ANCHORAGE DAILY NEWS

 

Peak Workers To Decide Union Question

 

VOTE: Organization effort is led by employees dissatisfied with health and retirement benefits.

 

 

The Associated Press

April 27, 2001

 

 

 

Kenai -- Ballots were mailed today for a vote on whether workers at Peak Oilfield Service Co. on the North Slope and the Kenai Peninsula should unionize.

 

Peak workers will vote whether to organize under the International Union of Operating Engineers Local 302 or the Teamsters Union Local 959, or whether to unionize at all, said John Coble, an organizer with the Laborers International Union of North America.

 

An ad hoc group called the Peak Neither/No Committee has been running newspaper advertisements encouraging Peak workers to vote against joining a union.

 

The ads urge Peak employees to ask the Teamsters Union for copies of its constitution before voting. They also quote a National Labor Relations Board decision suggesting that unionization and collective bargaining could lead to a cut in employee benefits.

 

The union vote was triggered after the Operating Engineers and Laborers collected bargaining authorization cards from more than the minimum 30 percent of Peak employees.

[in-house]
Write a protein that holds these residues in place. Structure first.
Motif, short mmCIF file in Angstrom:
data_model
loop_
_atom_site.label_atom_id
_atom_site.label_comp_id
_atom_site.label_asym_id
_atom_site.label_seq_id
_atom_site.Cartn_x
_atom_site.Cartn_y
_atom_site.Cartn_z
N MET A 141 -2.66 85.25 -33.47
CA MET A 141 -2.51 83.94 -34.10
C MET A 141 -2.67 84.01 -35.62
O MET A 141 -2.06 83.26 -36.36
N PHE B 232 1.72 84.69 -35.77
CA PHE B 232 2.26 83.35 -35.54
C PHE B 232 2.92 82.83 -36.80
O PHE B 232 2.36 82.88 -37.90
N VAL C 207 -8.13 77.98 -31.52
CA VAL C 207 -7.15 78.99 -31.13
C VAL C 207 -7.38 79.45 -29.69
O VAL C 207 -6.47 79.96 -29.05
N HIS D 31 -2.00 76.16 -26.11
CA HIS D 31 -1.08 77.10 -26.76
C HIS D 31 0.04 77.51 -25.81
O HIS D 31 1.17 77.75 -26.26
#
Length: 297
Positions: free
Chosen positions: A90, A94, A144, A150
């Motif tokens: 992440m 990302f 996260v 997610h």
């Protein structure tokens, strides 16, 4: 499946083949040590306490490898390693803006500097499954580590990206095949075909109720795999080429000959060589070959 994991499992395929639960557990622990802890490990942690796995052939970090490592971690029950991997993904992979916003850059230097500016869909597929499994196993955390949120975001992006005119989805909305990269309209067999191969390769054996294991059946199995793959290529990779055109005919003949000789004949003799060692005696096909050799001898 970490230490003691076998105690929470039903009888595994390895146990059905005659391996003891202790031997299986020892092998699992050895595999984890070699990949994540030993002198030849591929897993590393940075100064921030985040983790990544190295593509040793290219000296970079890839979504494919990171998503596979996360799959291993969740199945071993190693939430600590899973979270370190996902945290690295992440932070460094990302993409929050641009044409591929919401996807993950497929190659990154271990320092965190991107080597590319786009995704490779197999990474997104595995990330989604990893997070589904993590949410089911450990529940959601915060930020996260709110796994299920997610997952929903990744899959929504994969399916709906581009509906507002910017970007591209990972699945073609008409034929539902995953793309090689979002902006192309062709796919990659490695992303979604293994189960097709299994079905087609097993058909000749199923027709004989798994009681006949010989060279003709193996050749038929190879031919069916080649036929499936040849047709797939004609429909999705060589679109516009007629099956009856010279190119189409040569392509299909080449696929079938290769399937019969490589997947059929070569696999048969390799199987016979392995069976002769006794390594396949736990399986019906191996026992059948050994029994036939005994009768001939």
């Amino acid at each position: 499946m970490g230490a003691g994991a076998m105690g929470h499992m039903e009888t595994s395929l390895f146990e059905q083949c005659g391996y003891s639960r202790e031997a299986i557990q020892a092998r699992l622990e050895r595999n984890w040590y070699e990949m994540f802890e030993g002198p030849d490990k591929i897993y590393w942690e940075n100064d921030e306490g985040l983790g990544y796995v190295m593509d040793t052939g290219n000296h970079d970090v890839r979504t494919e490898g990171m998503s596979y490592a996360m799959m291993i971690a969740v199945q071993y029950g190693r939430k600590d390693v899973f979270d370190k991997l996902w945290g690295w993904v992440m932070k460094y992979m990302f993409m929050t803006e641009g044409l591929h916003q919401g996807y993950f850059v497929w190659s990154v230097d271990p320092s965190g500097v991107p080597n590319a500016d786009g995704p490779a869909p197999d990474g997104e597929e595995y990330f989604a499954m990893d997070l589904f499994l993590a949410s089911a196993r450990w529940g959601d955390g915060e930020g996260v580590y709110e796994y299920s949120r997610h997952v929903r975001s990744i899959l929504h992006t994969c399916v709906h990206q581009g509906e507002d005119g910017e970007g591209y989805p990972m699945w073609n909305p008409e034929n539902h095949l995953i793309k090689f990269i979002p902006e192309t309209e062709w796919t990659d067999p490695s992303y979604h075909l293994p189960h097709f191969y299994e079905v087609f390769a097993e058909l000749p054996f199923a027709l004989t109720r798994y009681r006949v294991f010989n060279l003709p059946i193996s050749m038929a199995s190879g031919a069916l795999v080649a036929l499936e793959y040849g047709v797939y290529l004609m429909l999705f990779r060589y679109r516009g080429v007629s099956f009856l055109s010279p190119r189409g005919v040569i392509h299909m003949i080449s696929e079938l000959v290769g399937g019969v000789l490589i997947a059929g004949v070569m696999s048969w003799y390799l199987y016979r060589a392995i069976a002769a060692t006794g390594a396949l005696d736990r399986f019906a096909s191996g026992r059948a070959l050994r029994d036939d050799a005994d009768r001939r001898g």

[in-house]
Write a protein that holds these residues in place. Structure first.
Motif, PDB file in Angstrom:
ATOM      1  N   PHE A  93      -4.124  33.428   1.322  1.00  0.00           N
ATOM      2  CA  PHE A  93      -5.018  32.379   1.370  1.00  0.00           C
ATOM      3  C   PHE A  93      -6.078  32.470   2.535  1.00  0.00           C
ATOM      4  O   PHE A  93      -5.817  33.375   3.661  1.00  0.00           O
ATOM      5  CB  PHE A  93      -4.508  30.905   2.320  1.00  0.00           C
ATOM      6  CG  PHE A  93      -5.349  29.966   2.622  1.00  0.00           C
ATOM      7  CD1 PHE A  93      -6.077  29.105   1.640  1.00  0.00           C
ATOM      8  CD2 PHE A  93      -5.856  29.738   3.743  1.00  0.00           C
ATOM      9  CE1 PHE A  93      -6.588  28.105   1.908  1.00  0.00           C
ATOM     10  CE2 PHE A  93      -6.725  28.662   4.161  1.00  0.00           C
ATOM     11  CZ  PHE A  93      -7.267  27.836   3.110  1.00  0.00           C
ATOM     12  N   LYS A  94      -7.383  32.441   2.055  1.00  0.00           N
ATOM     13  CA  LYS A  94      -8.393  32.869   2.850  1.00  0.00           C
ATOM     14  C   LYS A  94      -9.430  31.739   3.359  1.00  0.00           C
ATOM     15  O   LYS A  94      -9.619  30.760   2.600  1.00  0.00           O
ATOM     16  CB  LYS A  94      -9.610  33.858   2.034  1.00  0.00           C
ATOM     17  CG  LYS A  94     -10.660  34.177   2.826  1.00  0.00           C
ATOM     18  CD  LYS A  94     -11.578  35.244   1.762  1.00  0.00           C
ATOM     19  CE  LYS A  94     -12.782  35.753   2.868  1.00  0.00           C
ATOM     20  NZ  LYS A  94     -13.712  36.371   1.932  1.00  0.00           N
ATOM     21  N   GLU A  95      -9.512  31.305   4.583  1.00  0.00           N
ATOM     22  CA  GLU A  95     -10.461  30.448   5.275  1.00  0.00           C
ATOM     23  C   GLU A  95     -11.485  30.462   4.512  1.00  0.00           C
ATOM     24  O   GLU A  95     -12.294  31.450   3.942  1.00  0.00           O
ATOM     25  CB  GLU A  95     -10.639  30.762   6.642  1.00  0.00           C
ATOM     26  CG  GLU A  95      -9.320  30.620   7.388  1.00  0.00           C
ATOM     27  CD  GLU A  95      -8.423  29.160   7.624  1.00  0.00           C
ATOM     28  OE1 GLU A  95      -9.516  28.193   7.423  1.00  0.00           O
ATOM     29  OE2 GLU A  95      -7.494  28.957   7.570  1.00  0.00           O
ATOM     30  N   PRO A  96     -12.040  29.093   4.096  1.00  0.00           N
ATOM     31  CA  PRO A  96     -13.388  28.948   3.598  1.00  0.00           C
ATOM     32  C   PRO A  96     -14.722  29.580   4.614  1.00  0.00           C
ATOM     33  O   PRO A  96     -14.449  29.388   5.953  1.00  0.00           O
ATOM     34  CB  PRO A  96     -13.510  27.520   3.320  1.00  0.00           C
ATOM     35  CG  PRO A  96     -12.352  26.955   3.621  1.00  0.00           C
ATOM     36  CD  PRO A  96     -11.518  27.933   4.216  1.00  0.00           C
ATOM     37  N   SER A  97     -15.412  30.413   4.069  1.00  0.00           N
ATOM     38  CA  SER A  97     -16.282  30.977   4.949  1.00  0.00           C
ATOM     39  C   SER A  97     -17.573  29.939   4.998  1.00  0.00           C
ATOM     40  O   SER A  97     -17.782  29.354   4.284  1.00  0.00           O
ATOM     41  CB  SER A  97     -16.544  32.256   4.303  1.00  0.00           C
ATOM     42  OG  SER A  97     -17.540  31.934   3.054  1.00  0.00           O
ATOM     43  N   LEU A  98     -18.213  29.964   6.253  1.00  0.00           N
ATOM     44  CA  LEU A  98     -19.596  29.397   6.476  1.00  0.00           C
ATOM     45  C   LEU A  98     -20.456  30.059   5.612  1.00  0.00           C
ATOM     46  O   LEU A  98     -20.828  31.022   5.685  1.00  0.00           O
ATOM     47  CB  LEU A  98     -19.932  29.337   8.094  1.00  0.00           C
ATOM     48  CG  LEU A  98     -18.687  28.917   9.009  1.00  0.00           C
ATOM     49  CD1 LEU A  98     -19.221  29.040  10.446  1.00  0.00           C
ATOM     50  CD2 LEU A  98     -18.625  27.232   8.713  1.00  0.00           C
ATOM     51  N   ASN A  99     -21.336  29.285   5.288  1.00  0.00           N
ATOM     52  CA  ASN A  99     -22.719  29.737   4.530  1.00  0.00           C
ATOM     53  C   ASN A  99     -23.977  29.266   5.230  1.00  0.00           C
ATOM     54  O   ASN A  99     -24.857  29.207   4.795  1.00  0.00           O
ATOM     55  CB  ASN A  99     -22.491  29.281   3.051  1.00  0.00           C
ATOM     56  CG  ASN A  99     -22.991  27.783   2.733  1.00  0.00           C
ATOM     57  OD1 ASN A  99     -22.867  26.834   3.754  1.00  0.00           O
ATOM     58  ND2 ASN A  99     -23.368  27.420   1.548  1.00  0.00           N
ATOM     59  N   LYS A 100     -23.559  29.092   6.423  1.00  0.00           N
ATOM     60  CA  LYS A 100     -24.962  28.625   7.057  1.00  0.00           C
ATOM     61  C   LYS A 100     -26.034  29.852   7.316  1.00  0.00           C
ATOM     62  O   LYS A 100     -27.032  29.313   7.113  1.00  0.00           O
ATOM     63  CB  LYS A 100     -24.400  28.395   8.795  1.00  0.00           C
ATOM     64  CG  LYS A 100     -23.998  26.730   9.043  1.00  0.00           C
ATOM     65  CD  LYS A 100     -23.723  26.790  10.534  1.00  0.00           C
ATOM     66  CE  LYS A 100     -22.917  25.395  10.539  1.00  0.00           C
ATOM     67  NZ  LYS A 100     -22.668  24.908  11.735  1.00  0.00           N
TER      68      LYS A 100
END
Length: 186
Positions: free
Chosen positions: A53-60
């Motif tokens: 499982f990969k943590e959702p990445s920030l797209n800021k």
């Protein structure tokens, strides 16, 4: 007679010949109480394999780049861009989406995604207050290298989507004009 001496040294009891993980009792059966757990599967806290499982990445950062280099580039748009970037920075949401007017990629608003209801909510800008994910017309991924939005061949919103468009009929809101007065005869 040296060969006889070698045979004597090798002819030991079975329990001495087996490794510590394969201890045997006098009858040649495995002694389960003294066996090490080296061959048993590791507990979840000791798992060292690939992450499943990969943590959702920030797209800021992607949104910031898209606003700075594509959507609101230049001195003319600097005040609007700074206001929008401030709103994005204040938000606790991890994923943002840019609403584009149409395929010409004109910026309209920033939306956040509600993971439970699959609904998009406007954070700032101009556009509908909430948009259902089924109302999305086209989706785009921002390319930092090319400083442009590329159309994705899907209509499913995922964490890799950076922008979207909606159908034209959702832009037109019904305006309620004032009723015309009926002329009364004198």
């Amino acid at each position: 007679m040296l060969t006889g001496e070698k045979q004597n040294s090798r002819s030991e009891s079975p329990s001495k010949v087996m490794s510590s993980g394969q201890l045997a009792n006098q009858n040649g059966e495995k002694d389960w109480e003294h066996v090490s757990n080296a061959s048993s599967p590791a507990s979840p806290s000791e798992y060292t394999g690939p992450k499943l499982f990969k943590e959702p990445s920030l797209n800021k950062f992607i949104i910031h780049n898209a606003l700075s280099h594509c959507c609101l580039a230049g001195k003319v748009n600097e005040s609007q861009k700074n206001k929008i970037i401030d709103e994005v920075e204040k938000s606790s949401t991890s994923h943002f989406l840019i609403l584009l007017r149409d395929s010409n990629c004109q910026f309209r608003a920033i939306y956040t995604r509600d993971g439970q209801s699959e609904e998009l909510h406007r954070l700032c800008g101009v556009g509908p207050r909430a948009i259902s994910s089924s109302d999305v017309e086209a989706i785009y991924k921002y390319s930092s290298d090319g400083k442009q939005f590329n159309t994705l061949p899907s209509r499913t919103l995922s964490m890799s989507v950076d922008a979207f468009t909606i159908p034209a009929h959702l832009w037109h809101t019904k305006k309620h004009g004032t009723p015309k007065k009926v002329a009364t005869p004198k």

Peak is co-owned by Cook Inlet Region Inc., the Native corporation for Cook Inlet, and by Nabors Drilling. The bulk of its employees work in Prudhoe Bay, though some work at Agrium in Nikiski, at Swanson River, Beluga, Granite Point, Cook Inlet platforms and in Valdez.

 

Blake Johnson, business manager for the Laborers union and president of the Kenai Peninsula Central Labor Council, said the biggest issue is that pension plans generally pay for the rest of a worker's life, while a 401(k) plan may run out of money.

 

Jeff Ackerman, another Operating Engineers union organizer, said the unionization effort was spurred by employees who are dissatisfied with health and retirement benefits.

 

"Peak is very generous compared to other oil field service companies – they pay 40 cents on the dollar into their employees' 401(k) account," he said. "But what happened at Peak is when they shifted over to a 401(k), is it's not as good as a bona fide retirement plan."


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